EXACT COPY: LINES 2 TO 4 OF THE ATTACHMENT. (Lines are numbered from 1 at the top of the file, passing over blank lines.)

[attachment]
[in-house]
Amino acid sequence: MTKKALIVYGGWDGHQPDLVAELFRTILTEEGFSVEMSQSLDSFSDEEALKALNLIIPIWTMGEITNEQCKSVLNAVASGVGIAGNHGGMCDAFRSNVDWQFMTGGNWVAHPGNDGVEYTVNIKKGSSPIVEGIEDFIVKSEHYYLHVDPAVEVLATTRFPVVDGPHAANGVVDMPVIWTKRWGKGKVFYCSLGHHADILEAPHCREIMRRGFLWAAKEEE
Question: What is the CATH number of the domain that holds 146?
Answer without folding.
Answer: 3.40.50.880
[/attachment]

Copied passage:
Amino acid sequence: MTKKALIVYGGWDGHQPDLVAELFRTILTEEGFSVEMSQSLDSFSDEEALKALNLIIPIWTMGEITNEQCKSVLNAVASGVGIAGNHGGMCDAFRSNVDWQFMTGGNWVAHPGNDGVEYTVNIKKGSSPIVEGIEDFIVKSEHYYLHVDPAVEVLATTRFPVVDGPHAANGVVDMPVIWTKRWGKGKVFYCSLGHHADILEAPHCREIMRRGFLWAAKEEE
Question: What is the CATH number of the domain that holds 146?
Answer without folding.